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Rockabilly bands produce Halloween Rock Show

by Victoria Kendrick October 30, 2012
Rockabilly bands produce Halloween Rock Show

Why settle for the “Monster Mash” this Halloween season when you can high-tail it over to l’Absynthe, a local hotspot showcasing Montreal talent new and old, for their very first Halloween Rock Show?

The event features an eclectic mix of groups such as Café Racer, Rocket ’56 and Trade Secrets. Rockabilly group Rocket ‘56 highlights a

A band that will be performing at Halloween Rock Show. Photo from Facebook.

genre quickly gaining momentum in the music world. A potent mix of the fresh and the familiar, rockabilly transports audiences to that hazy point in time where past meets present. A fitting soundtrack for a Halloween-style shindig, the genre lets fifties’ style rock take on a more modern interpretation while still coming across as authentic. We can also look forward to hearing from Trade Secrets, a fresh group who will be opening the night with some crowd-pumping Indie-pop.

The band headlining the event, up-and-comers Café Racer, are sure to please audiences with their versatile sound. When asked what influences we can expect to hear through their music, frontman and Manitoban Myles Hildebrand replied simply, “Everything. Labels don’t really mean much to me. We have a great time onstage and a lot of people have a good time listening.”

It was difficult to categorize Café Racer’s sound. While their penchant for that old school sound, notably Elton John and the Beatles, definitely shines through in their work, it’s impossible to ignore the progressive perks laced throughout each track, creating a crossover between the retro and the modern.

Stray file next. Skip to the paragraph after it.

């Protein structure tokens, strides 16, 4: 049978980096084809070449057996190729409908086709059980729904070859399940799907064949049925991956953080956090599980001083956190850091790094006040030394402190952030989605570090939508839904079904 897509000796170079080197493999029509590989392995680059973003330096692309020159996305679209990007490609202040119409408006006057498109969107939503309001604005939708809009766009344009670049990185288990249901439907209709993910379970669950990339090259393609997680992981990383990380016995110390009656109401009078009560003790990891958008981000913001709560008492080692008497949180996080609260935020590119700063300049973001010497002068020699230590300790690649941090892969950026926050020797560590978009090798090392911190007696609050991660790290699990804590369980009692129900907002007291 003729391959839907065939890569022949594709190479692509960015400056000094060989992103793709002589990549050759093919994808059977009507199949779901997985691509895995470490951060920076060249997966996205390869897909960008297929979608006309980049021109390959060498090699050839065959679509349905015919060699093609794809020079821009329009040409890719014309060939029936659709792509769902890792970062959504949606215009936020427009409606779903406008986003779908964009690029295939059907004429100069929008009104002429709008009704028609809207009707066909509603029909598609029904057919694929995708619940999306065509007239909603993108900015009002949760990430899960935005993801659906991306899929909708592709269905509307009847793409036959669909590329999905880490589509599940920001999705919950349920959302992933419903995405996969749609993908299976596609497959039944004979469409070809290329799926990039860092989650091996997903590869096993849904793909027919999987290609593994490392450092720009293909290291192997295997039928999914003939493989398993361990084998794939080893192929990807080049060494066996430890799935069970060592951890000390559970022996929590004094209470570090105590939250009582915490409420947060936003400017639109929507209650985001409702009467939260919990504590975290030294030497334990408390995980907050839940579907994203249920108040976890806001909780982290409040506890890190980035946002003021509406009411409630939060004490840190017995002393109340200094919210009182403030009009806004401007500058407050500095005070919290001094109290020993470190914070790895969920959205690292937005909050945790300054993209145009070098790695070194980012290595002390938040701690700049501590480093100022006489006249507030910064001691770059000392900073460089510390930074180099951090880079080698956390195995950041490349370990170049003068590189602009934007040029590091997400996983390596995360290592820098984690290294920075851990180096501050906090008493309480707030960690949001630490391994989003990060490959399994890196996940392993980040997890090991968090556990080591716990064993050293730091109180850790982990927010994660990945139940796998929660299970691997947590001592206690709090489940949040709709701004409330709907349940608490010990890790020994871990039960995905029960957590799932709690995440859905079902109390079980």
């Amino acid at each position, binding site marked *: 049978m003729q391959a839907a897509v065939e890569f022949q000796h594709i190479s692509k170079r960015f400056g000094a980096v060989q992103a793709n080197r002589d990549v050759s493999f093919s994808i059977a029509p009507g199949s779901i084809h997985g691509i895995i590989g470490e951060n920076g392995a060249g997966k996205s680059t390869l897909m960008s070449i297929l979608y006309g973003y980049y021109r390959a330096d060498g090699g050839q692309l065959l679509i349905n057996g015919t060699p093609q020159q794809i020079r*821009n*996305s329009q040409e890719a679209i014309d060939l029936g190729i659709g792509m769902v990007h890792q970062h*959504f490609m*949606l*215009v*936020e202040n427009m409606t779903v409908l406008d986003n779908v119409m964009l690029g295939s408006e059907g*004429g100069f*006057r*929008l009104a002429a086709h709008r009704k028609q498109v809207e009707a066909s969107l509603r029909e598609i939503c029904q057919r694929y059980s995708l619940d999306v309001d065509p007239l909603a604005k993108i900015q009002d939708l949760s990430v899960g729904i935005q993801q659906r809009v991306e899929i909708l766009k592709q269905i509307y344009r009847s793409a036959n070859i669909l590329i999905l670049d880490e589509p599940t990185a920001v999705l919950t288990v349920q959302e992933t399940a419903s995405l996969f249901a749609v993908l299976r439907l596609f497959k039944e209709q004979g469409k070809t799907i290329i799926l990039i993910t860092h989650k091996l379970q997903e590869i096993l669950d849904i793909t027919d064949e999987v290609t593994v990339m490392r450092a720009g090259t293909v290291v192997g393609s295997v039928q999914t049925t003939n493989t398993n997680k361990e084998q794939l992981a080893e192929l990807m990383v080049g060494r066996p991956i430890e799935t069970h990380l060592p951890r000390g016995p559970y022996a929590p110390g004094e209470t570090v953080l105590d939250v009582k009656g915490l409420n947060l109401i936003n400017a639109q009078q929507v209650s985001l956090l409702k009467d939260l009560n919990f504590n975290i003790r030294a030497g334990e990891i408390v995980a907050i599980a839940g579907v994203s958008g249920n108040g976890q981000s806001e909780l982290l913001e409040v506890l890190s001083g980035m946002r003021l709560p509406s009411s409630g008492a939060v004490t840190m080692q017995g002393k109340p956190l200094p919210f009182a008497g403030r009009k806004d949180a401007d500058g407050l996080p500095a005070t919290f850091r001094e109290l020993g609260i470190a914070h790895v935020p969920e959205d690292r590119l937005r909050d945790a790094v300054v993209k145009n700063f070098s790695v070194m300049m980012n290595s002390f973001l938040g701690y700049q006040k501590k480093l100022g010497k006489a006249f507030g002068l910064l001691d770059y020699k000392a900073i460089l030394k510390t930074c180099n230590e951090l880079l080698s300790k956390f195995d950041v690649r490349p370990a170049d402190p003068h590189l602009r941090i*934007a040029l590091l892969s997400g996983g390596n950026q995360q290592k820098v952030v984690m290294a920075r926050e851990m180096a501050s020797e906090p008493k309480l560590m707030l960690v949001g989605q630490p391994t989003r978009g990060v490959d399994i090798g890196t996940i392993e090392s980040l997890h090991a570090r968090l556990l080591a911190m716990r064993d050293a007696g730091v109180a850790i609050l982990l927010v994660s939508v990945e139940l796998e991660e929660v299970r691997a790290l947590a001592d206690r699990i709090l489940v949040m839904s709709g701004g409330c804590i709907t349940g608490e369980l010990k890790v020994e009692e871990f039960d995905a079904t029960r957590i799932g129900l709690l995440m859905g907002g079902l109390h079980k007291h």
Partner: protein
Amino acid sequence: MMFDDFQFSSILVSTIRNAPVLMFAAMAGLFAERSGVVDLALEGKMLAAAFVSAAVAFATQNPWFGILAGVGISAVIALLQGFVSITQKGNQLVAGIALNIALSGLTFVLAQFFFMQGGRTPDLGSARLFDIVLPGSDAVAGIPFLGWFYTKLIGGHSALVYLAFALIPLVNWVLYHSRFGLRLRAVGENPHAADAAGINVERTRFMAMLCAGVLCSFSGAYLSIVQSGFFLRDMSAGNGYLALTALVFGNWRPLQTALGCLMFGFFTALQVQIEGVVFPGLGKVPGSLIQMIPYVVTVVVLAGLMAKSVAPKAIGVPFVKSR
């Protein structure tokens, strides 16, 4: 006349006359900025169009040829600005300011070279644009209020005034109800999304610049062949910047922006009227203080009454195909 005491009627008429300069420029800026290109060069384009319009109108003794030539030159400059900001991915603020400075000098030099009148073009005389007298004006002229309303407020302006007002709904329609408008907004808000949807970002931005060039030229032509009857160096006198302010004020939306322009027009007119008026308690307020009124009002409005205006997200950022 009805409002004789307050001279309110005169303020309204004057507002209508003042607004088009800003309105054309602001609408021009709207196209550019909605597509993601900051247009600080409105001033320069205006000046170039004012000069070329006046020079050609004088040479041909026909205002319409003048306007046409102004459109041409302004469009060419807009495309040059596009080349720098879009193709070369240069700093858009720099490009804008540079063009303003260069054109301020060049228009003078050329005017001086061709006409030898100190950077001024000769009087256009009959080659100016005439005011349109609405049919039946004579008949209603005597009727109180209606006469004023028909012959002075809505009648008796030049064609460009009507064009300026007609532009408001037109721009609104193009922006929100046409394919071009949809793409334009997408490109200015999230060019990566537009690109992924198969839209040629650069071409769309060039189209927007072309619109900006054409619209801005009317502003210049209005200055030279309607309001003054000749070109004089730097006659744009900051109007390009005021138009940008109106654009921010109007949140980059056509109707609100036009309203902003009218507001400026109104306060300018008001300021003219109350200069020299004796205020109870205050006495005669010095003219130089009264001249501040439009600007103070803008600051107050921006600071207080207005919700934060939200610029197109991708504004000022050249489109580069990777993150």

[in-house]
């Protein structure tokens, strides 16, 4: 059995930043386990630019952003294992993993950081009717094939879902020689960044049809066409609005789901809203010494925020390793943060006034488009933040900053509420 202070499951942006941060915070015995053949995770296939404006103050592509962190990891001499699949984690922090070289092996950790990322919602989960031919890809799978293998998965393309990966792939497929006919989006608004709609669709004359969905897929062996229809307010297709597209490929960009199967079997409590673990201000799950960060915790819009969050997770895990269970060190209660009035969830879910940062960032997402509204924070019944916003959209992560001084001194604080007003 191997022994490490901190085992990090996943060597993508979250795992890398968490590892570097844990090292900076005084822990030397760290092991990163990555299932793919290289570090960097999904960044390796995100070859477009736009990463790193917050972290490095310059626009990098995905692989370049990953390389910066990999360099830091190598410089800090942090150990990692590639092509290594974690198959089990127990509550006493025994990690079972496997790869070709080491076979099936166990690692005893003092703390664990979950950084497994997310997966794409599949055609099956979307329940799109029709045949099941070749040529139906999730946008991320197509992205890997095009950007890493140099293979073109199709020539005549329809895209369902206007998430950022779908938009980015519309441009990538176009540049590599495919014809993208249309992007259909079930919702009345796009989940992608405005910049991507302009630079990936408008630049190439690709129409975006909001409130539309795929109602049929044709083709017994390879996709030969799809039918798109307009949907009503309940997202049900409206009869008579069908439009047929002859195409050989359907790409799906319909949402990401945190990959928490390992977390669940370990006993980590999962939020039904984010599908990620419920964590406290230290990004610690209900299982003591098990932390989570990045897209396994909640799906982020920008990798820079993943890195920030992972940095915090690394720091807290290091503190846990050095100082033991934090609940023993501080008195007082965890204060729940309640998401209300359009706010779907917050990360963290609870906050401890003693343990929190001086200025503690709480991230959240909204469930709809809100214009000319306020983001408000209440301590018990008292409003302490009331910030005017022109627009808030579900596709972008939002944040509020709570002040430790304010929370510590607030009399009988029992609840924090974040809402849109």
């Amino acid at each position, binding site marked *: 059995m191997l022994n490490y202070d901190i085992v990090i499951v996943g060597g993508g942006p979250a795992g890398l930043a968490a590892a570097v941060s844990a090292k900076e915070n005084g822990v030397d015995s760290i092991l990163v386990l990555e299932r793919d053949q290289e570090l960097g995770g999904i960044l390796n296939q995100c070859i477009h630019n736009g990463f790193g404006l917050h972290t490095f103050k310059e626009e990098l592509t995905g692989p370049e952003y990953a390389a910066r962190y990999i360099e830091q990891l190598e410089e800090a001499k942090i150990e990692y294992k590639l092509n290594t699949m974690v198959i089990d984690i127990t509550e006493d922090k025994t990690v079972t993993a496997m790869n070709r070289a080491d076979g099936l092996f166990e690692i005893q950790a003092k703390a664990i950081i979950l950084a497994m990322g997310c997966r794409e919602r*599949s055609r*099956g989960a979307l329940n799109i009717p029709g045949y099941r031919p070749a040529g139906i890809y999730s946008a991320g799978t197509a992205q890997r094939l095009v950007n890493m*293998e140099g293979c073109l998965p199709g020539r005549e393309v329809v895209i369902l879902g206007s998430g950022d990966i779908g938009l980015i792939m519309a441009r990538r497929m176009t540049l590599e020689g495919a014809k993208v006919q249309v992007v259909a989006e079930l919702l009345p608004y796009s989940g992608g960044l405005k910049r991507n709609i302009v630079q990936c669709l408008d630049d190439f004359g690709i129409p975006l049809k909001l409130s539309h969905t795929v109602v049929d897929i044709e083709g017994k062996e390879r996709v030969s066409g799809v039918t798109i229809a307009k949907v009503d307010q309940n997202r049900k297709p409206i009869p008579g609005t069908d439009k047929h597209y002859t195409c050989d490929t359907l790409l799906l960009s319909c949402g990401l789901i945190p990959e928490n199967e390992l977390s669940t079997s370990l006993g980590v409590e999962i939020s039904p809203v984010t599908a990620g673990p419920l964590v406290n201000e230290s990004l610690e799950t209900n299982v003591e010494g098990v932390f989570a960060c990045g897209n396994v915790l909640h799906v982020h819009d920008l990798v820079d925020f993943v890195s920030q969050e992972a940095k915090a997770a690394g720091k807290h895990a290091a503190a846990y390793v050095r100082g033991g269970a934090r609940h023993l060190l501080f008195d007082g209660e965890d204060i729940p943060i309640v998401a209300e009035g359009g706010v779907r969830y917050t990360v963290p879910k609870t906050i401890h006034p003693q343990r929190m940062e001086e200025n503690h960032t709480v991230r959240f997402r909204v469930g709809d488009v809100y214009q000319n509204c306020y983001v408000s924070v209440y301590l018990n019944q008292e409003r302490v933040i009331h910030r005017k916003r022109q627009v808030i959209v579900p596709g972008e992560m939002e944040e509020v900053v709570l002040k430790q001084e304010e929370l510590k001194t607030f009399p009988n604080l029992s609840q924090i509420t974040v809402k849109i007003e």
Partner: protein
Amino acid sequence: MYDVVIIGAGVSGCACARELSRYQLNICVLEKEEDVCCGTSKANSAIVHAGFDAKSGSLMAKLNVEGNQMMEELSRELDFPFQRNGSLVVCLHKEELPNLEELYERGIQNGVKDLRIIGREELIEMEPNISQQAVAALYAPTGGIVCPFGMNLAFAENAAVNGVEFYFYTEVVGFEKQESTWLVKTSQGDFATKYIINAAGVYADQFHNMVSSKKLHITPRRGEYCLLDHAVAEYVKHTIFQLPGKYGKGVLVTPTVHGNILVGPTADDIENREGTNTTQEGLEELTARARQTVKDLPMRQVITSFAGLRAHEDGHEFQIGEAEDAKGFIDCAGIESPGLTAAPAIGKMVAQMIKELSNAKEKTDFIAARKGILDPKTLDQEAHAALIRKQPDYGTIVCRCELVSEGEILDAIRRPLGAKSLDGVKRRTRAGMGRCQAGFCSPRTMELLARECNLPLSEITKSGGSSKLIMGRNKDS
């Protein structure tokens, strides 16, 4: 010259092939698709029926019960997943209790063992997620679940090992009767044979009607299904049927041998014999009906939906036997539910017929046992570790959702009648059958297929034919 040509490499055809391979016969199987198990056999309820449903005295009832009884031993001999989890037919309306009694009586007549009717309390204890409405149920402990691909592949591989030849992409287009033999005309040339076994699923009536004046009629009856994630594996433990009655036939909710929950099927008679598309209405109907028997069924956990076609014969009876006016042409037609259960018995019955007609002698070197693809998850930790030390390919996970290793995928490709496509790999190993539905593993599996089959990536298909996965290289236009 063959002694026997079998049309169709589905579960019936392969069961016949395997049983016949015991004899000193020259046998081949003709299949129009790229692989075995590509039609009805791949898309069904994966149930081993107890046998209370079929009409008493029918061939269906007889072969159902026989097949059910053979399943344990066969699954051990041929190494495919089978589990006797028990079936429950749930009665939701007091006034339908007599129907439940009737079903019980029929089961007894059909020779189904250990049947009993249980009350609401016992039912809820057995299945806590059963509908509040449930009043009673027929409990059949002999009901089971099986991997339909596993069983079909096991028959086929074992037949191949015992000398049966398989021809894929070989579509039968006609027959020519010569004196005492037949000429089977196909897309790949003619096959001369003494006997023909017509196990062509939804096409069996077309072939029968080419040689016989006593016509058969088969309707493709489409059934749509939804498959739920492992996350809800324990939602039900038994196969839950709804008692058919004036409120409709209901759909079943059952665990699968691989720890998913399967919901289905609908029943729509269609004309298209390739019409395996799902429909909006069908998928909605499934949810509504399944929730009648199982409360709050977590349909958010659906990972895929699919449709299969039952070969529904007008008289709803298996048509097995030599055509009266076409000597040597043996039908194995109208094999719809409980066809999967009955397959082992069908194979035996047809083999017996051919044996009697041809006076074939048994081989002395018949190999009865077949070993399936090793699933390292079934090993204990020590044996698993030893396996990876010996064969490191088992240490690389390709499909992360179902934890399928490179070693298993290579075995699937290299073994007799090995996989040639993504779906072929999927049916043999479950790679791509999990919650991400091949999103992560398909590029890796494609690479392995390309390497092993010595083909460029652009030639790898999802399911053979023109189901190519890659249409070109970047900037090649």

The band admits they always feared making music that does not pertain to their generation and that keeping a suitable amount of modernity was a definite necessity. This is especially apparent in their song “Circus Girl,” a lively, upbeat tune featuring a dangerously catchy guitar riff, a smooth yet complicated drum intro and strong vocals. Taken separately these aspects might seem old-fashioned, but combined they offer an original mix different from anything our parents ever listened to.

One thing they can tell us for sure, however, is that they’re loyal to their roots. “We’re a true Canadian rock and roll band,” said drummer Josh Grant, originally from Ontario, while fellow member Shawn Forbes hails from Manitoba.

“Canadian music has a distinctive sound. You see that with Yukon Blonde, Zeus and The Sheepdogs. We know Canada very well, and I hope that shows in our music,” added Hildebrand.

Café Racer may be new on the circuit (formed just over a year ago), but its members are no strangers in the music biz. Hildebrand recently released his debut solo album Myles from Home, a light and classy homage to all things folk, available on iTunes. Hildebrand describes his solo project’s trademark sound as “Sunday afternoon music,” while his exploits with Café Racer are “Friday night music.”

As for when we can expect some fresh online tracks from Café Racer, they hope to be in the studio this upcoming year.

“I think we’re all, to some level, perfectionists,” explained Forbes, “While it’s a priority for us, as a band, we’d rather have nothing than something poorly done. With recording, you only get one shot.”

In the meantime, they’ll be keeping busy with shows booked for November and December, building a fan-base around Montreal, with their sights set on gigs in Toronto, Boston and New York this summer.


The Halloween Rock Show starts at 8 p.m. at L’Absynthe (1738 Rue Saint Denis) on Tuesday, Oct. 30. Tickets are $5 in advance or $7 at the door.


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